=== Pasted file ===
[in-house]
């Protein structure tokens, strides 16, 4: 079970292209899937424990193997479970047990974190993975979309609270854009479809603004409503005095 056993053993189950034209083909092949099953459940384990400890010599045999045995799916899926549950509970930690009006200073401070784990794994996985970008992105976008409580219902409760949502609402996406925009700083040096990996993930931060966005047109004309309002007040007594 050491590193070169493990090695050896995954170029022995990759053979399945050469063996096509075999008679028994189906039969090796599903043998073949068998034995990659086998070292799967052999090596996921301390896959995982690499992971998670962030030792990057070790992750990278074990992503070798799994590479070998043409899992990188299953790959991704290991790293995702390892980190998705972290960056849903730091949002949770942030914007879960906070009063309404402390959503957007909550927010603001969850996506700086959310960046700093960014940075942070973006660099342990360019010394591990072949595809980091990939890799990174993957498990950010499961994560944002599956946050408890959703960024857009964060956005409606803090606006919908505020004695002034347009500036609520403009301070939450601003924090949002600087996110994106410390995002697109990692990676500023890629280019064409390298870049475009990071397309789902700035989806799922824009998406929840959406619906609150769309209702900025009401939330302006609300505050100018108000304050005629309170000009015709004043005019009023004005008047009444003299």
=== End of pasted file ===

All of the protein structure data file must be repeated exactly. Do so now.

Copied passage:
[in-house]
């Protein structure tokens, strides 16, 4: 079970292209899937424990193997479970047990974190993975979309609270854009479809603004409503005095 056993053993189950034209083909092949099953459940384990400890010599045999045995799916899926549950509970930690009006200073401070784990794994996985970008992105976008409580219902409760949502609402996406925009700083040096990996993930931060966005047109004309309002007040007594 050491590193070169493990090695050896995954170029022995990759053979399945050469063996096509075999008679028994189906039969090796599903043998073949068998034995990659086998070292799967052999090596996921301390896959995982690499992971998670962030030792990057070790992750990278074990992503070798799994590479070998043409899992990188299953790959991704290991790293995702390892980190998705972290960056849903730091949002949770942030914007879960906070009063309404402390959503957007909550927010603001969850996506700086959310960046700093960014940075942070973006660099342990360019010394591990072949595809980091990939890799990174993957498990950010499961994560944002599956946050408890959703960024857009964060956005409606803090606006919908505020004695002034347009500036609520403009301070939450601003924090949002600087996110994106410390995002697109990692990676500023890629280019064409390298870049475009990071397309789902700035989806799922824009998406929840959406619906609150769309209702900025009401939330302006609300505050100018108000304050005629309170000009015709004043005019009023004005008047009444003299």